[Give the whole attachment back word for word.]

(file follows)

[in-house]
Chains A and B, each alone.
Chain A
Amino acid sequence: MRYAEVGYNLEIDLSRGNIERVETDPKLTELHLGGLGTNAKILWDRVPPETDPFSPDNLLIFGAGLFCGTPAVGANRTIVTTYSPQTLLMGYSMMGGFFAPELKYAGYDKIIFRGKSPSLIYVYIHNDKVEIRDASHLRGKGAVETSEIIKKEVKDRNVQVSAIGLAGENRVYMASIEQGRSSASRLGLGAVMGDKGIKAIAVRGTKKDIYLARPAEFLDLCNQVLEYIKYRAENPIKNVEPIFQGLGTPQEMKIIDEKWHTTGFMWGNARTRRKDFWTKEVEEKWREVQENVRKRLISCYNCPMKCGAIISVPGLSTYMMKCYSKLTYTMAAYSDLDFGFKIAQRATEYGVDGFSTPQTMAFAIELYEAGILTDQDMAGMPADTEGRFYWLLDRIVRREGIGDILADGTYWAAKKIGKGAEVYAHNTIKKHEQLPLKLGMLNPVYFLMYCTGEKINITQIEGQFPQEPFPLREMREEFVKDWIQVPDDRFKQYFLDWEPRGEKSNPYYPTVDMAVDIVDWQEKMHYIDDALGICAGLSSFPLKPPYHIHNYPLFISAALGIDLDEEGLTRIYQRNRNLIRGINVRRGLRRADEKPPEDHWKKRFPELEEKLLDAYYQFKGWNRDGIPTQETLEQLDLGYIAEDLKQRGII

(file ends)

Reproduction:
[in-house]
Chains A and B, each alone.
Chain A
Amino acid sequence: MRYAEVGYNLEIDLSRGNIERVETDPKLTELHLGGLGTNAKILWDRVPPETDPFSPDNLLIFGAGLFCGTPAVGANRTIVTTYSPQTLLMGYSMMGGFFAPELKYAGYDKIIFRGKSPSLIYVYIHNDKVEIRDASHLRGKGAVETSEIIKKEVKDRNVQVSAIGLAGENRVYMASIEQGRSSASRLGLGAVMGDKGIKAIAVRGTKKDIYLARPAEFLDLCNQVLEYIKYRAENPIKNVEPIFQGLGTPQEMKIIDEKWHTTGFMWGNARTRRKDFWTKEVEEKWREVQENVRKRLISCYNCPMKCGAIISVPGLSTYMMKCYSKLTYTMAAYSDLDFGFKIAQRATEYGVDGFSTPQTMAFAIELYEAGILTDQDMAGMPADTEGRFYWLLDRIVRREGIGDILADGTYWAAKKIGKGAEVYAHNTIKKHEQLPLKLGMLNPVYFLMYCTGEKINITQIEGQFPQEPFPLREMREEFVKDWIQVPDDRFKQYFLDWEPRGEKSNPYYPTVDMAVDIVDWQEKMHYIDDALGICAGLSSFPLKPPYHIHNYPLFISAALGIDLDEEGLTRIYQRNRNLIRGINVRRGLRRADEKPPEDHWKKRFPELEEKLLDAYYQFKGWNRDGIPTQETLEQLDLGYIAEDLKQRGII